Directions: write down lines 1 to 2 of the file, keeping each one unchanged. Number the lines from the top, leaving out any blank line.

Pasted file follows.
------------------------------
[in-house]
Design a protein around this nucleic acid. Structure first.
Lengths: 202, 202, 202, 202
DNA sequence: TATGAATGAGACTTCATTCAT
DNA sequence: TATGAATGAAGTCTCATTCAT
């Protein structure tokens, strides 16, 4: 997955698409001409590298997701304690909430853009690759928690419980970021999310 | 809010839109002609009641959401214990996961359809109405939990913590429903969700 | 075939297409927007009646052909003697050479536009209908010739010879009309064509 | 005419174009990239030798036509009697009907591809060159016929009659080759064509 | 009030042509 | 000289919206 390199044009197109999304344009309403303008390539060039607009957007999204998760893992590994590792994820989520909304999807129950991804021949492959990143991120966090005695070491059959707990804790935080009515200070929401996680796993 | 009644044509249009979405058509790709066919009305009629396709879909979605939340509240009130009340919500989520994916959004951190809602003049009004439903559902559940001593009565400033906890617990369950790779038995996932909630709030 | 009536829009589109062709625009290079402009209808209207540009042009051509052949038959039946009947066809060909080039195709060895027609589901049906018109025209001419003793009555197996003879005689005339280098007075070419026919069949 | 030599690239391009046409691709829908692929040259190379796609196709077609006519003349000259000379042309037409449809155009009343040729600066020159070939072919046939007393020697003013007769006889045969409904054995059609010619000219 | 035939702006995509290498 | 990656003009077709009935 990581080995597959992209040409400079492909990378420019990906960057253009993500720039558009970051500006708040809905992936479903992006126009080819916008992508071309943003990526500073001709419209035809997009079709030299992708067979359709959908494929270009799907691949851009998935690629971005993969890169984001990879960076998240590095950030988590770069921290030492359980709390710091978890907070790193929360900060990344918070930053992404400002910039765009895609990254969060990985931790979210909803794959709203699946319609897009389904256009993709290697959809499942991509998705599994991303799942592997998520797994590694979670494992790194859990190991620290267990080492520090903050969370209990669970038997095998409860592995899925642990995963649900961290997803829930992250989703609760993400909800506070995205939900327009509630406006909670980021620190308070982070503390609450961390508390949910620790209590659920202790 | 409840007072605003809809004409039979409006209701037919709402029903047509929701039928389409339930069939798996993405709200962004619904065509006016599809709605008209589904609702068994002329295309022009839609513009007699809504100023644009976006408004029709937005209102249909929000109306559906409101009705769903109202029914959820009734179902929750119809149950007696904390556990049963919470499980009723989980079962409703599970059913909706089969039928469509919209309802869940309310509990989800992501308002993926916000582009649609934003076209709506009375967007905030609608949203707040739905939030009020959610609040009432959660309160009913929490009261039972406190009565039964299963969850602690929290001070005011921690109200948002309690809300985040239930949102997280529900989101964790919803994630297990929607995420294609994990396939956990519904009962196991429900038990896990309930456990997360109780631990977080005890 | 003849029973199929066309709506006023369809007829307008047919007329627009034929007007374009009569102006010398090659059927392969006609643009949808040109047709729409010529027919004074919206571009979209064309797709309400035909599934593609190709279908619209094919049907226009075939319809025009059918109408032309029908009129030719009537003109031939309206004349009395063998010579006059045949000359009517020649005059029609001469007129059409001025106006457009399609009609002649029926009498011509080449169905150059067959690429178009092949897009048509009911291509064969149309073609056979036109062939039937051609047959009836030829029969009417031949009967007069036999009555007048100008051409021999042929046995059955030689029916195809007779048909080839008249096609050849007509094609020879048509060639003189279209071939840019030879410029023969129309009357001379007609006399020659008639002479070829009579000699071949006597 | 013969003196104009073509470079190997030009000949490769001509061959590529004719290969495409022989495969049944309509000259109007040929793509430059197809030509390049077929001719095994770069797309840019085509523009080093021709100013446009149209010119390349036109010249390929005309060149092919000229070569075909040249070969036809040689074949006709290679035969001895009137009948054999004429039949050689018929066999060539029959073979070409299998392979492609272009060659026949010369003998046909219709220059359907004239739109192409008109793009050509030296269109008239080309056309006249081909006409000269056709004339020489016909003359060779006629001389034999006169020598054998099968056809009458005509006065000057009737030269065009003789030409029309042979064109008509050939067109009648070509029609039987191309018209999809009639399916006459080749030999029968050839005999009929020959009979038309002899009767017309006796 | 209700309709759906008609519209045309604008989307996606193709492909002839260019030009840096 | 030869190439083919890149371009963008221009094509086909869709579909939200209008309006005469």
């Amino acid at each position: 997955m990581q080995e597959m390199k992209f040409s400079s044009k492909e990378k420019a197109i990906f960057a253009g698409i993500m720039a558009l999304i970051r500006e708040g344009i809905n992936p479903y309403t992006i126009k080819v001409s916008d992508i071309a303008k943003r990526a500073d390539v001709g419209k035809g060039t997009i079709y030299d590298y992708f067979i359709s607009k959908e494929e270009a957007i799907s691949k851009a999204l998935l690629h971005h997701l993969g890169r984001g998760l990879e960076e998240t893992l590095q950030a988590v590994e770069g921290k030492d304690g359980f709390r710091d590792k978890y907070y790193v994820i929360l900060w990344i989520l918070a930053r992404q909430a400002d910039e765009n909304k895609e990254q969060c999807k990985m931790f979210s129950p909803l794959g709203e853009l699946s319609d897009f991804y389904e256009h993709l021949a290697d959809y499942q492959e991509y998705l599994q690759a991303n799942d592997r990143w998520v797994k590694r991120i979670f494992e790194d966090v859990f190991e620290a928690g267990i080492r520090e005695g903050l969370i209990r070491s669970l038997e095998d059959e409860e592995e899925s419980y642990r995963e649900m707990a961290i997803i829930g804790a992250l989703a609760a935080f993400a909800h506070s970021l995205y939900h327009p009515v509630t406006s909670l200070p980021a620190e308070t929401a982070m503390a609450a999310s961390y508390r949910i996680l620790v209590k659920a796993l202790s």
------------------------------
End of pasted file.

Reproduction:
[in-house]
Design a protein around this nucleic acid. Structure first.